On January 20, hours after his inauguration, President Donald Trump issued an executive order directing the heads of all executive departments and agencies to "waive, defer, grant exemptions from, or delay the implementation of" key provisions of the Affordable Care Act (a/k/a "Obamacare"). The order appears to target Obamacare's individual mandate, which imposes a penalty on individuals opting not to purchase health insurance.

The impact of the order may not be realized for weeks or months, as the Trump administration is only beginning to take shape. The order effectively tasks the President's new executive appointees with promulgating department-specific policies in an effort to carry out the directive.

Among the many areas of uncertainty are the newly-minted mandatory payment demonstration models authorized by the Centers for Medicare and Medicaid Innovation under President Obama. Section 3021 of the Act allows the Secretary of Health and Human Services to terminate or modify the design and implementation of demonstration models, and grants the Secretary waiver authority with respect to testing models. This means that some of the payment models, including controversial mandates such as the comprehensive joint replacement bundled payment model, may be terminated or entirely redesigned at the Secretary's discretion.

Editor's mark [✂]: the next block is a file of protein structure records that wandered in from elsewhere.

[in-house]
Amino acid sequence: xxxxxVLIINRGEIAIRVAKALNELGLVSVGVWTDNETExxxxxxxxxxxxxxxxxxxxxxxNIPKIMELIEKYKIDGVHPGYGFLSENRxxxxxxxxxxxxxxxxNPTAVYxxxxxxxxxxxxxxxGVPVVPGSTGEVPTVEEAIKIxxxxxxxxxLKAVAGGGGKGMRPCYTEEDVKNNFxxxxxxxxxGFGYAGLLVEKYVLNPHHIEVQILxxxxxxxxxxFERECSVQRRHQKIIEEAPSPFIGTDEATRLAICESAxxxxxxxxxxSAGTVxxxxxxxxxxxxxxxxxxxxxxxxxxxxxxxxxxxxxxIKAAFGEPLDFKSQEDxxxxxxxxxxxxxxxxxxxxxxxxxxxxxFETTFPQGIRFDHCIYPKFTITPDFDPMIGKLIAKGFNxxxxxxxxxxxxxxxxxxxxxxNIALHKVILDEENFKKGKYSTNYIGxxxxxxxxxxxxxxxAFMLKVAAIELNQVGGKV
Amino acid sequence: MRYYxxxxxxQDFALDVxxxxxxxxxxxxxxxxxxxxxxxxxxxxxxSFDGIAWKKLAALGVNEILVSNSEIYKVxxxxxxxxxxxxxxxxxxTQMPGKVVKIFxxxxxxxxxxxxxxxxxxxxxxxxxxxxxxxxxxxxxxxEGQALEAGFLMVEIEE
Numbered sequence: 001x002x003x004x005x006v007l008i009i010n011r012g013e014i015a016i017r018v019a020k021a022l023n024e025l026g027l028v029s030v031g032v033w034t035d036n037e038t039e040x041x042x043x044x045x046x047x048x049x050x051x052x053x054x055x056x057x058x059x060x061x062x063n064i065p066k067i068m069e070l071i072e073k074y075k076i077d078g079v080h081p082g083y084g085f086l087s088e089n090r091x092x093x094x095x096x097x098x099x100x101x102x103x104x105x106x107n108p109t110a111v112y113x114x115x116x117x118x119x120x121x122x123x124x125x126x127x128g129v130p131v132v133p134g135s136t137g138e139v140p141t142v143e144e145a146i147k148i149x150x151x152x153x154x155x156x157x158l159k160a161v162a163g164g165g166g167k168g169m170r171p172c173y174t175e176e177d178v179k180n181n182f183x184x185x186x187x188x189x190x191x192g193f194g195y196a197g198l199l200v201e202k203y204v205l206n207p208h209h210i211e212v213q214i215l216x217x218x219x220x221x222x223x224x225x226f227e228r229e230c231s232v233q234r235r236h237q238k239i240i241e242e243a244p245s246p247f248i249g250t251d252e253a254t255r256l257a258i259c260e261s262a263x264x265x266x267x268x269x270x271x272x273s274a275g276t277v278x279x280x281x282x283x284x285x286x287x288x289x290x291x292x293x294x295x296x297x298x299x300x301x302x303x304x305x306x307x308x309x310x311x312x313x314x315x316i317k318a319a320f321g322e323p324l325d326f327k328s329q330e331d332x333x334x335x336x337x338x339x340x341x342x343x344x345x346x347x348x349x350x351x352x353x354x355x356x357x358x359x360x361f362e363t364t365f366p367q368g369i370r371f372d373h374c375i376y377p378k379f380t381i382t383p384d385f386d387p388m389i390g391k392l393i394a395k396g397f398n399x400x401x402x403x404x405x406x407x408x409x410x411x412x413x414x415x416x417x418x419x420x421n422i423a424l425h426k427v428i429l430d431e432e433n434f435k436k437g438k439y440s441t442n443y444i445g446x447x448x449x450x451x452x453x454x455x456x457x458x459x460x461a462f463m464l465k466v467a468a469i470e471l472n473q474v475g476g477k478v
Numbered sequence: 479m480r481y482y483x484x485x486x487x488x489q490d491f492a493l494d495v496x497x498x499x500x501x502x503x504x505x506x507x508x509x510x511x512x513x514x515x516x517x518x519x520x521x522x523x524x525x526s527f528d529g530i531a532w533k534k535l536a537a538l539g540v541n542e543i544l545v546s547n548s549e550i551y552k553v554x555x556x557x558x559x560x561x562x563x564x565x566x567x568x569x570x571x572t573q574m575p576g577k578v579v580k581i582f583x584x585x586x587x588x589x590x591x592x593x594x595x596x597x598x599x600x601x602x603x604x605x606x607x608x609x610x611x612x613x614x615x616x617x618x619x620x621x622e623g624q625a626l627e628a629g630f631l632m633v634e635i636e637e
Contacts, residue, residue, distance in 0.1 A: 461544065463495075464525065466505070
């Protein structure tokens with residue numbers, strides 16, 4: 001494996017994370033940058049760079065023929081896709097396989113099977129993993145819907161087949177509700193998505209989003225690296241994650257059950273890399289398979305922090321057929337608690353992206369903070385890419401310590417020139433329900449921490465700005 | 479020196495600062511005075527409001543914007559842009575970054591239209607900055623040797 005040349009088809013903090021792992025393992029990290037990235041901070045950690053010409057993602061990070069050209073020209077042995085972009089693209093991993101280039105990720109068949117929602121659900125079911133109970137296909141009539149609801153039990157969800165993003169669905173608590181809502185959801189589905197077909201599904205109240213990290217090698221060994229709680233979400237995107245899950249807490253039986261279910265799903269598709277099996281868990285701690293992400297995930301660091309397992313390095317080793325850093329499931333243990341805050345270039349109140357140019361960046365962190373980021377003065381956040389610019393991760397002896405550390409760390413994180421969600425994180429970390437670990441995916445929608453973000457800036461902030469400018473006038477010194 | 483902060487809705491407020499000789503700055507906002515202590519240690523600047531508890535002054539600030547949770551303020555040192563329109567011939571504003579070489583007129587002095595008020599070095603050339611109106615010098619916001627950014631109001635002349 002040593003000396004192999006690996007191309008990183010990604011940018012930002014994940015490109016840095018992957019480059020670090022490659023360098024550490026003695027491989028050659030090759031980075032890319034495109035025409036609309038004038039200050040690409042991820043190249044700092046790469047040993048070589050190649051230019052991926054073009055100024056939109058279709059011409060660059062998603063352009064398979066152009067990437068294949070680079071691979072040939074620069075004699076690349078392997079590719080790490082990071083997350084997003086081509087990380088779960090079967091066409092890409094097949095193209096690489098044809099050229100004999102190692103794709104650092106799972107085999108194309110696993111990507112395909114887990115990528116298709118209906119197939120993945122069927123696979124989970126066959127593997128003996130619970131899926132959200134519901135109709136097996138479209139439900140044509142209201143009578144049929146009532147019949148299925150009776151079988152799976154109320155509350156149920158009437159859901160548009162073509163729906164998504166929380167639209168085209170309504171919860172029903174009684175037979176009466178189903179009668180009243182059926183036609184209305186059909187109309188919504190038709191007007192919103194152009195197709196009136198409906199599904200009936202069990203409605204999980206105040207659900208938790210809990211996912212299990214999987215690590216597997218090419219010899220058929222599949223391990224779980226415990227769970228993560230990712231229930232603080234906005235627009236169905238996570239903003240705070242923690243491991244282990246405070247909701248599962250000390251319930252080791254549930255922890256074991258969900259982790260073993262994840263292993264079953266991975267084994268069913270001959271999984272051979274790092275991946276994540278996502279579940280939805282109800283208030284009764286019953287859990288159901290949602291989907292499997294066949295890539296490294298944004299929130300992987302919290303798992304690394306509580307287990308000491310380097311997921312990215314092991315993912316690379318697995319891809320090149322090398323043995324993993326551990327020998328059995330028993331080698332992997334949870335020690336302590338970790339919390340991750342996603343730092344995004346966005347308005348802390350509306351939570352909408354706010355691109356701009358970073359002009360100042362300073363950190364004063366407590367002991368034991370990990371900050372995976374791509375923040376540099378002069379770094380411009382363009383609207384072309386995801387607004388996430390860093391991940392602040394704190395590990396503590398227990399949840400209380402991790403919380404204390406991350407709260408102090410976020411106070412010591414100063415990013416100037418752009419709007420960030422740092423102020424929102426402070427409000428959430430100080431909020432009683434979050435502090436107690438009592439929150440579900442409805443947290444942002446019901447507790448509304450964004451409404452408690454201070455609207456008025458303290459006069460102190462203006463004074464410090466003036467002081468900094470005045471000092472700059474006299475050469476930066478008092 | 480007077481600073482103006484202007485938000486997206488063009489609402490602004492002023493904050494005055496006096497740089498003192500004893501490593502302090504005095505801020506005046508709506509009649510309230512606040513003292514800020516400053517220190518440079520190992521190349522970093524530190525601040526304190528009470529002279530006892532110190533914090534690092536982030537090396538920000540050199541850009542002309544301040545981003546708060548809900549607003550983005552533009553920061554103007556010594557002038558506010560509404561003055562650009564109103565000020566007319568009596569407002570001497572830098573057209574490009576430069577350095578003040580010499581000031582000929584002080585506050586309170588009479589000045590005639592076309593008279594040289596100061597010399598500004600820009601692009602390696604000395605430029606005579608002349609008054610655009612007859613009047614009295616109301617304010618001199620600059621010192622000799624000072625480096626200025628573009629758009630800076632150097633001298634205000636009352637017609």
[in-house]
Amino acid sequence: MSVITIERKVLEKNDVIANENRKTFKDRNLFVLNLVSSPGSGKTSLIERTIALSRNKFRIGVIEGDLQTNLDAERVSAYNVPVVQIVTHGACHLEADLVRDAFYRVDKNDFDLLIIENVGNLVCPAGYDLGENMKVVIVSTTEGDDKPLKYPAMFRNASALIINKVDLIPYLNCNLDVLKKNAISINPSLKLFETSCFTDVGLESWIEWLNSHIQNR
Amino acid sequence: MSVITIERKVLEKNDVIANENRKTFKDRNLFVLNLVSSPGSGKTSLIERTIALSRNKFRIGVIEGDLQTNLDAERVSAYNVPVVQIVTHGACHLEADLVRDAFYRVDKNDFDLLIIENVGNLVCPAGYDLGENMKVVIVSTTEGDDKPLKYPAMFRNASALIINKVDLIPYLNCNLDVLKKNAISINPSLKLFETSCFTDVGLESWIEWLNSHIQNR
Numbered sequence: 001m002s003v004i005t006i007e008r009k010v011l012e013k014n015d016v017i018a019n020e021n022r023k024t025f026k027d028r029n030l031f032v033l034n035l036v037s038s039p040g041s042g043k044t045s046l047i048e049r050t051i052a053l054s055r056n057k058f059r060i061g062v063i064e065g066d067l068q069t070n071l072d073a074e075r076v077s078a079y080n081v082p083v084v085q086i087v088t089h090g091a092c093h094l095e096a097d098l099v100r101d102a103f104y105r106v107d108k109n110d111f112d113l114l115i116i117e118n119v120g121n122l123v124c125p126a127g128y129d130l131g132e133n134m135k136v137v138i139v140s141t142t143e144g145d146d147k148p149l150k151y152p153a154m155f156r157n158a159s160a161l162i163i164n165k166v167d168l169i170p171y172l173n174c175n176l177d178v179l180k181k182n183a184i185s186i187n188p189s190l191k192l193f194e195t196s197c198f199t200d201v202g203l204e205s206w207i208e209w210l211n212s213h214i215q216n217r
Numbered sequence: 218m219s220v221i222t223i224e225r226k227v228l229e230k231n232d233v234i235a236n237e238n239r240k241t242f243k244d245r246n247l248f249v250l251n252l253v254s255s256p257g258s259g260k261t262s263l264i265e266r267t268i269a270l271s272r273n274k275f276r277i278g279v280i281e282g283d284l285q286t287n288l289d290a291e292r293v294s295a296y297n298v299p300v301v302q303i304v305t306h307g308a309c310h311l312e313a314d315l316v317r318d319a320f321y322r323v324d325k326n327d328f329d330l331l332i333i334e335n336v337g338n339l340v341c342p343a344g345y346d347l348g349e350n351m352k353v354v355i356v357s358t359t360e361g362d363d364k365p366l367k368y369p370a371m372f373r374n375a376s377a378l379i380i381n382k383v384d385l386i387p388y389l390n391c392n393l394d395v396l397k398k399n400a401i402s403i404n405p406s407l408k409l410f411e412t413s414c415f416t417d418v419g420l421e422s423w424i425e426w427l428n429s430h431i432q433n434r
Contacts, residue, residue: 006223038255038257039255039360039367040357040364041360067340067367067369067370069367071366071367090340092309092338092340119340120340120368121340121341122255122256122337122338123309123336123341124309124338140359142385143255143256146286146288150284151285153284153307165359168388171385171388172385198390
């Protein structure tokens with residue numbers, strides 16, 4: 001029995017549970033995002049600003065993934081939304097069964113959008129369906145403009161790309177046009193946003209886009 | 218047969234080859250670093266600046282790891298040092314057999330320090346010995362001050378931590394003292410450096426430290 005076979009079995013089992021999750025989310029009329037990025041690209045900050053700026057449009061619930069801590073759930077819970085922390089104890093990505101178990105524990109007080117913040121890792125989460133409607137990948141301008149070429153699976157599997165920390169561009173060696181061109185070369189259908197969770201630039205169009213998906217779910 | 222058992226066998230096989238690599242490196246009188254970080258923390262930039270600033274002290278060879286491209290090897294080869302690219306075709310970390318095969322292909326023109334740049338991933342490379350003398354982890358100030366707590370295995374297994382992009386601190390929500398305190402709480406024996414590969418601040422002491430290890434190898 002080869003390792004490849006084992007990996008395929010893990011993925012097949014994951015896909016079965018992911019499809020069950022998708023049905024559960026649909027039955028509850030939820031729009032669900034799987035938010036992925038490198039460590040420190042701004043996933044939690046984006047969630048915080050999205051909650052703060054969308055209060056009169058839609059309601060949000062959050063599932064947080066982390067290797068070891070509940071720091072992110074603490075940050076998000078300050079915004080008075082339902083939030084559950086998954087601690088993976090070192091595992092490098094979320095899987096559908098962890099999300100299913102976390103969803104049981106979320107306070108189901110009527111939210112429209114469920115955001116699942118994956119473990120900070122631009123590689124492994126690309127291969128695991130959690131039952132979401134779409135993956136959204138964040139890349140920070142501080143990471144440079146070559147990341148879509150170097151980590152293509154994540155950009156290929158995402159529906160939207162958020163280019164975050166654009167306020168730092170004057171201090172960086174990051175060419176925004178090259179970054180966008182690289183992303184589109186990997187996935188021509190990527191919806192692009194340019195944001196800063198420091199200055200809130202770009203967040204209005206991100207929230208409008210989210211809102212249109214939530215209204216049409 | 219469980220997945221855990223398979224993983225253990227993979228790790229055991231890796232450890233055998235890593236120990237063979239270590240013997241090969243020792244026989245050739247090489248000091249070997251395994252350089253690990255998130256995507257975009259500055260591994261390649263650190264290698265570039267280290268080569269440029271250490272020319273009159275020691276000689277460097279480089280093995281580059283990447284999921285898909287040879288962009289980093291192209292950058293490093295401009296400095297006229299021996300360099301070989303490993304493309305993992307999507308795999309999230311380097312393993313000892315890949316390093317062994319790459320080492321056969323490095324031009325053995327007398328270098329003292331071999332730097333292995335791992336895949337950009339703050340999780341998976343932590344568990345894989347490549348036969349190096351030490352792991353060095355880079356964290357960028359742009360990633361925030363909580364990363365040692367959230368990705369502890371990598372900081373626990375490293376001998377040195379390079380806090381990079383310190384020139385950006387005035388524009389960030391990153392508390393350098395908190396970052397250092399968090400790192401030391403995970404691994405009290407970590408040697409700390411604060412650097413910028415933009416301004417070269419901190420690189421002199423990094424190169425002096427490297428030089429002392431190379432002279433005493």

Notably, the President cannot repeal Obamacare, or even nullify its individual requirements, by executive order. However, Congress is already laying the foundation for a repeal. On January 12, the Senate voted 51-48 in favor of a budget resolution that could allow Congress to repeal portions of the Act without facing a filibuster in the Senate.

Accordingly, although the Affordable Care Act remains intact despite President Trump's first executive order, the message from the White House is clear: President Trump intends to deliver on his campaign promise to repeal Obamacare, and Congress is hard at work to support these efforts. Insurers, health care providers, and citizens alike will be monitoring the situation closely as more details about the plan for repeal emerges.

If you have questions about the President's first step toward repeal or any subsequent changes to the health care landscape under President Trump, please do not hesitate to contact a member of our health care team.

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